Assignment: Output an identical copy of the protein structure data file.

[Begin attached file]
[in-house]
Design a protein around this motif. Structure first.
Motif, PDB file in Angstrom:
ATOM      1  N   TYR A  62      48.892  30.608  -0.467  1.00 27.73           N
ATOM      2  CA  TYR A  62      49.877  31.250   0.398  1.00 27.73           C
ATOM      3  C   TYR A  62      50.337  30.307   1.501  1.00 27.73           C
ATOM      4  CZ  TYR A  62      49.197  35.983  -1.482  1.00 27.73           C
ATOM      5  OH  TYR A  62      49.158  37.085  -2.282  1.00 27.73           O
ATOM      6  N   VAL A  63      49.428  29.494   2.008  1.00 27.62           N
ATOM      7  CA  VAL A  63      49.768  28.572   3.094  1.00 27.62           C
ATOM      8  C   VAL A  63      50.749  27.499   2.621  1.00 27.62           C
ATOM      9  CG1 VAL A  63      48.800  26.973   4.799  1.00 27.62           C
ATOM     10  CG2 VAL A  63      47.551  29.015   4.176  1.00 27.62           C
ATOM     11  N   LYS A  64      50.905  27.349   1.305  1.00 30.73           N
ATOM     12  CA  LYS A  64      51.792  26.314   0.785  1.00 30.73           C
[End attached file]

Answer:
[in-house]
Design a protein around this motif. Structure first.
Motif, PDB file in Angstrom:
ATOM      1  N   TYR A  62      48.892  30.608  -0.467  1.00 27.73           N
ATOM      2  CA  TYR A  62      49.877  31.250   0.398  1.00 27.73           C
ATOM      3  C   TYR A  62      50.337  30.307   1.501  1.00 27.73           C
ATOM      4  CZ  TYR A  62      49.197  35.983  -1.482  1.00 27.73           C
ATOM      5  OH  TYR A  62      49.158  37.085  -2.282  1.00 27.73           O
ATOM      6  N   VAL A  63      49.428  29.494   2.008  1.00 27.62           N
ATOM      7  CA  VAL A  63      49.768  28.572   3.094  1.00 27.62           C
ATOM      8  C   VAL A  63      50.749  27.499   2.621  1.00 27.62           C
ATOM      9  CG1 VAL A  63      48.800  26.973   4.799  1.00 27.62           C
ATOM     10  CG2 VAL A  63      47.551  29.015   4.176  1.00 27.62           C
ATOM     11  N   LYS A  64      50.905  27.349   1.305  1.00 30.73           N
ATOM     12  CA  LYS A  64      51.792  26.314   0.785  1.00 30.73           C